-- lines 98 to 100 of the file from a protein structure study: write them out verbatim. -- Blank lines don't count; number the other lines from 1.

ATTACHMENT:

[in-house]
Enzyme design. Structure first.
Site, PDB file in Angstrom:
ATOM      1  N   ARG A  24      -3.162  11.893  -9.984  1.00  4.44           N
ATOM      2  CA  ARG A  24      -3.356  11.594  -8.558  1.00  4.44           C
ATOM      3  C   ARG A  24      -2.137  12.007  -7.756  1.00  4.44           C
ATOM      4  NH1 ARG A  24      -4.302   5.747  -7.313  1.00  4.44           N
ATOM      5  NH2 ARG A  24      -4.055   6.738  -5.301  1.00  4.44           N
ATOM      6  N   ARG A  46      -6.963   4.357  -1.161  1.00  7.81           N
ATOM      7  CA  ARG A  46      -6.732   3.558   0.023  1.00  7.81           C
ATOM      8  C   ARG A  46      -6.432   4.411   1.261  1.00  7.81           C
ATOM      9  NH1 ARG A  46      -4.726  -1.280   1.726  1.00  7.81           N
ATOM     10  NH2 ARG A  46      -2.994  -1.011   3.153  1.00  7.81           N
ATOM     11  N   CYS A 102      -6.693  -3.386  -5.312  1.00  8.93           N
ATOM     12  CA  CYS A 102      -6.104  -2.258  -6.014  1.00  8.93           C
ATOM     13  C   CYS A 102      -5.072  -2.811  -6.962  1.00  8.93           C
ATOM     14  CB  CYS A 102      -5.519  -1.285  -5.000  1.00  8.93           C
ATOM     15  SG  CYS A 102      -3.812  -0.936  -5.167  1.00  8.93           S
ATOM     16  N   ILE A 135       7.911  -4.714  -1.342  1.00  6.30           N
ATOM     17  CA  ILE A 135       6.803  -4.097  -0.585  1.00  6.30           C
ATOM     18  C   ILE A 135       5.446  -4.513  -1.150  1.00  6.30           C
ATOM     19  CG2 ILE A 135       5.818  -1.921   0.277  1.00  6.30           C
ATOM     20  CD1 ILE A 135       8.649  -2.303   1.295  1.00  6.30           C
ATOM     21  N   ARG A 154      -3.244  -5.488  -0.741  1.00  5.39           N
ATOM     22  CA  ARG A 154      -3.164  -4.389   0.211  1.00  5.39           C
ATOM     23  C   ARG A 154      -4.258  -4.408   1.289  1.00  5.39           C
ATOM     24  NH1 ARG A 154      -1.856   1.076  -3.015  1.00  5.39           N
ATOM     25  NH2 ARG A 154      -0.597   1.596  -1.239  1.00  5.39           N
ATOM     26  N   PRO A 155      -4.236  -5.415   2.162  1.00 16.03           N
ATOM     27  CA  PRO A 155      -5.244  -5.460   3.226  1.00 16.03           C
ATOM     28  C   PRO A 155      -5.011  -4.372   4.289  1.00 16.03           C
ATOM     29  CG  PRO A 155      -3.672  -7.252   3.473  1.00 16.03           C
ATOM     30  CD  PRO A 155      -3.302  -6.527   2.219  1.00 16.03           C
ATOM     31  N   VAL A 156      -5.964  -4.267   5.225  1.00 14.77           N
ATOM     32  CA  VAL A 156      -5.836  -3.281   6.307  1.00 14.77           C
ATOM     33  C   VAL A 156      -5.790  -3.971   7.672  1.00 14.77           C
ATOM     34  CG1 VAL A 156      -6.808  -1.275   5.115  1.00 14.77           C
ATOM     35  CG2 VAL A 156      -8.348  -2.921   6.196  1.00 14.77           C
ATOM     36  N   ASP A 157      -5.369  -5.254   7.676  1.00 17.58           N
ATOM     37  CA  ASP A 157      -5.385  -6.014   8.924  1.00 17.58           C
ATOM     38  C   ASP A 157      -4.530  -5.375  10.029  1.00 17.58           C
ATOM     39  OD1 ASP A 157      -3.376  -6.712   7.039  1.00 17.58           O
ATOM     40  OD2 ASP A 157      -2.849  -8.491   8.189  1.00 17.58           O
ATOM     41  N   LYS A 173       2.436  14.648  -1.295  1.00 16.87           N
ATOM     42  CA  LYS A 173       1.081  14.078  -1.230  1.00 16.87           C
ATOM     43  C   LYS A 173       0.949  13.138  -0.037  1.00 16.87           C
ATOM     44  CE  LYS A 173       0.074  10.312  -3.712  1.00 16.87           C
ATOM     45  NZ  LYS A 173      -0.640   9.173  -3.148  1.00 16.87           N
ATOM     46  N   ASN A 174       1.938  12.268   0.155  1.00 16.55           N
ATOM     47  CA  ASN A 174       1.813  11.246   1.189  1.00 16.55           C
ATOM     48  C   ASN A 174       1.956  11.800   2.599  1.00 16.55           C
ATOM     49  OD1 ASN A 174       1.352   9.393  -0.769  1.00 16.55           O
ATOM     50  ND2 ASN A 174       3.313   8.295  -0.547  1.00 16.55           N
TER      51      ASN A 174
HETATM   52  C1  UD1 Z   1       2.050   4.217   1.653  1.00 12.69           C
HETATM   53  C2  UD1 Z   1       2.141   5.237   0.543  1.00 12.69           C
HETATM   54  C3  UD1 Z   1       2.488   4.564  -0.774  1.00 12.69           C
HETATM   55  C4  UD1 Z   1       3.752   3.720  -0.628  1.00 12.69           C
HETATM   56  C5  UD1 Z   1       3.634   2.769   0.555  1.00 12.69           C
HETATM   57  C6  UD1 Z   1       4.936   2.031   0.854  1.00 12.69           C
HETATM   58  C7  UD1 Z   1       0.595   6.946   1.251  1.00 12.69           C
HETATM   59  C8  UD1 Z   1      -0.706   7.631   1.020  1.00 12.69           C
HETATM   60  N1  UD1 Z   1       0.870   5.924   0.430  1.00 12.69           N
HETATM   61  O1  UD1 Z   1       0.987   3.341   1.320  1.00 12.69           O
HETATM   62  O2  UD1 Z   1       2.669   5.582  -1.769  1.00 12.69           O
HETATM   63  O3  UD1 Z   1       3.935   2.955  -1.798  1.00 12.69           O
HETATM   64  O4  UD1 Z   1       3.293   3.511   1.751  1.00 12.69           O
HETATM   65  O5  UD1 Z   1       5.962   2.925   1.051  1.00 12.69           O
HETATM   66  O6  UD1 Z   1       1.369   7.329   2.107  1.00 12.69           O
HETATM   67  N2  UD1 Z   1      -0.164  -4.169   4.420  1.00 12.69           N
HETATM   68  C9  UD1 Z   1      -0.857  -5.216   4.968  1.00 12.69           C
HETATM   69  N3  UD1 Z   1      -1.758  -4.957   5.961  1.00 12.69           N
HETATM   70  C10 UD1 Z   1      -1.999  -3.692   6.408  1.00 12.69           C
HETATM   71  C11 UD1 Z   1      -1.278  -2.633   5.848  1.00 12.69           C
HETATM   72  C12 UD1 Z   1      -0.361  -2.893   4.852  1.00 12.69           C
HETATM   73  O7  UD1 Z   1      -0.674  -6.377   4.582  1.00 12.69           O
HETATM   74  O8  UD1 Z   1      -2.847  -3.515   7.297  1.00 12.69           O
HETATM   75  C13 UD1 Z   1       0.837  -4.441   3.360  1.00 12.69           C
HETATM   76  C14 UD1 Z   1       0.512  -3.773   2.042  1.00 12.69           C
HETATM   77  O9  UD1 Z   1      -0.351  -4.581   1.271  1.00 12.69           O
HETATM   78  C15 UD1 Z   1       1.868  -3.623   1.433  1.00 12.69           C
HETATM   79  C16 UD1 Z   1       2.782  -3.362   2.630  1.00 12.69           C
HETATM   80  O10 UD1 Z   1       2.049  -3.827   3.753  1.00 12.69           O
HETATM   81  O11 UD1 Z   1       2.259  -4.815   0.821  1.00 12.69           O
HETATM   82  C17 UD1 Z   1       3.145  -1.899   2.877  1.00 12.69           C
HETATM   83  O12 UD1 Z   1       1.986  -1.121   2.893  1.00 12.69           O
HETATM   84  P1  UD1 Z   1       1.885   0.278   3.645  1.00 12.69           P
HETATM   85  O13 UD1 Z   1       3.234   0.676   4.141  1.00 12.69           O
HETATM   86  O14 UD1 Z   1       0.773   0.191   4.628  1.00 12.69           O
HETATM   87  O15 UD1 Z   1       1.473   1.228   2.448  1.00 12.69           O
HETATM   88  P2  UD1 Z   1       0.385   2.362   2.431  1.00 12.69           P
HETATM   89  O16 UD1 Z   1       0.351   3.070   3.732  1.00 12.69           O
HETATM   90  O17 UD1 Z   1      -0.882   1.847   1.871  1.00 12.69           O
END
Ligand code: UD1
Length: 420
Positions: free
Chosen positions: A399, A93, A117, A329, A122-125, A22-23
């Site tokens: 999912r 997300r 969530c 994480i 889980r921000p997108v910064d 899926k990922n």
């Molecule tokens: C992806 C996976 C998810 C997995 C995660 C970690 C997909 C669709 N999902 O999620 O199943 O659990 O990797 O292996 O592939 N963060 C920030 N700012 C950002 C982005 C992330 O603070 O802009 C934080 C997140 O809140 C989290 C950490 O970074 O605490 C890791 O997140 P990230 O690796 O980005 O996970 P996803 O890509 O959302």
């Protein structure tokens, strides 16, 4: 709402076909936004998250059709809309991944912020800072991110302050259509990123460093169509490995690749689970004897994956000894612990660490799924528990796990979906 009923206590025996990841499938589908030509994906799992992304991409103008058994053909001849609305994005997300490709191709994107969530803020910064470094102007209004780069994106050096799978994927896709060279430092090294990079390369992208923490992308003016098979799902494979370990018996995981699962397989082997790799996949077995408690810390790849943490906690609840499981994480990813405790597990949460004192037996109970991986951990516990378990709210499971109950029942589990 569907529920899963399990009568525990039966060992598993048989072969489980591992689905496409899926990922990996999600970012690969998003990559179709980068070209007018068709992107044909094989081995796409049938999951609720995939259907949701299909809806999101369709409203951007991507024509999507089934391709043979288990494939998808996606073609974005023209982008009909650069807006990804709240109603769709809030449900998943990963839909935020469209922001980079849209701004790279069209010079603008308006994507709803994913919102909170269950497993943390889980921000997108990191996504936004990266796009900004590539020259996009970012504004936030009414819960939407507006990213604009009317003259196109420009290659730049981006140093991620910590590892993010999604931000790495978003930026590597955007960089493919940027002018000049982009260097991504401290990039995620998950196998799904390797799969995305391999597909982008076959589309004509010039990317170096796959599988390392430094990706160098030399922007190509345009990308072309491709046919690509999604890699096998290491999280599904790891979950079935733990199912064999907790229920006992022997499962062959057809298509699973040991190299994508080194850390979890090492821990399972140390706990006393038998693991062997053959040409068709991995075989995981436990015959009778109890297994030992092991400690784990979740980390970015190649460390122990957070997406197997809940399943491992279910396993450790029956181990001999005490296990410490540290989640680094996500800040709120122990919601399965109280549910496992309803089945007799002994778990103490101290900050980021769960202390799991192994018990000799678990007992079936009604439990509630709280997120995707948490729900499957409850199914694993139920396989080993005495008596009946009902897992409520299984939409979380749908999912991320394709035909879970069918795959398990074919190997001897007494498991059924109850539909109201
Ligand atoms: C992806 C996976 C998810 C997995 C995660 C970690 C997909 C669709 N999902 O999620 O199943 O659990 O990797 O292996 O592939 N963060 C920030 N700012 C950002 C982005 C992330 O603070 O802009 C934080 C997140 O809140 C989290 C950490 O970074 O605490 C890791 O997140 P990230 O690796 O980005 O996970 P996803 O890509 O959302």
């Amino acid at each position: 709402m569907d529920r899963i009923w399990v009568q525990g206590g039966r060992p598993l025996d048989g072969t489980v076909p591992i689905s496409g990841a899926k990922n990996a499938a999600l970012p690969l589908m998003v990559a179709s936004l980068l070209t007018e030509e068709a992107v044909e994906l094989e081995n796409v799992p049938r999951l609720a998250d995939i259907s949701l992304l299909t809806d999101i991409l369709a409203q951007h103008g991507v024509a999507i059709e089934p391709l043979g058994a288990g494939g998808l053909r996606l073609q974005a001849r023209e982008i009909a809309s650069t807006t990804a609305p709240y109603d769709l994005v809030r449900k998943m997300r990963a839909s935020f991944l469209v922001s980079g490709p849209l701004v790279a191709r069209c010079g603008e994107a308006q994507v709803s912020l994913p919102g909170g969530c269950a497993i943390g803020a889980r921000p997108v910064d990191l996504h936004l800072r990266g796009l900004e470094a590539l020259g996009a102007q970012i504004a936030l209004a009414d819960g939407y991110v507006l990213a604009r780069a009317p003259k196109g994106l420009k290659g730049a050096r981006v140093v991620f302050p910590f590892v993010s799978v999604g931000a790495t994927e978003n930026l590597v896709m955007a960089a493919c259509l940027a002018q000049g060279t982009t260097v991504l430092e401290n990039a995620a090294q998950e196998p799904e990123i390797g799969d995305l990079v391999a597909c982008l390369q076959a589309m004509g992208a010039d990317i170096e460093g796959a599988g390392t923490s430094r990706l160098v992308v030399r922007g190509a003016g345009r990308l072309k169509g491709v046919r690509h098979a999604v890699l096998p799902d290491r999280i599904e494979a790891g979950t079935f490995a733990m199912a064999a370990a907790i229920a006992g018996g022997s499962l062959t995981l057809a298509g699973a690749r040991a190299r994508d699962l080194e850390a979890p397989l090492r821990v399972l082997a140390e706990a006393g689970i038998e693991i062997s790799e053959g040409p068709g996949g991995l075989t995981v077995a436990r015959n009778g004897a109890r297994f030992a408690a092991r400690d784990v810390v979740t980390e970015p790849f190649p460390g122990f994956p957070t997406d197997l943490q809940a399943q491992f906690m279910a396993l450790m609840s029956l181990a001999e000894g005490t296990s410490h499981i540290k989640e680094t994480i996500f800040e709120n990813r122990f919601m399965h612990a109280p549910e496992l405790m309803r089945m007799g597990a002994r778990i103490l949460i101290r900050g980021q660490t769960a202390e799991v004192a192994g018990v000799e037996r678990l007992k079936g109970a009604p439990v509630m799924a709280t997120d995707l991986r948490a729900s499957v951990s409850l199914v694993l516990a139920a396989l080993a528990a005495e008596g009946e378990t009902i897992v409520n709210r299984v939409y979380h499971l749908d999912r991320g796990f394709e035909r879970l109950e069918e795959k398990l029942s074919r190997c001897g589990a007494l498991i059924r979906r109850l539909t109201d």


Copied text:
Chosen positions: A399, A93, A117, A329, A122-125, A22-23
């Site tokens: 999912r 997300r 969530c 994480i 889980r921000p997108v910064d 899926k990922n």
């Molecule tokens: C992806 C996976 C998810 C997995 C995660 C970690 C997909 C669709 N999902 O999620 O199943 O659990 O990797 O292996 O592939 N963060 C920030 N700012 C950002 C982005 C992330 O603070 O802009 C934080 C997140 O809140 C989290 C950490 O970074 O605490 C890791 O997140 P990230 O690796 O980005 O996970 P996803 O890509 O959302």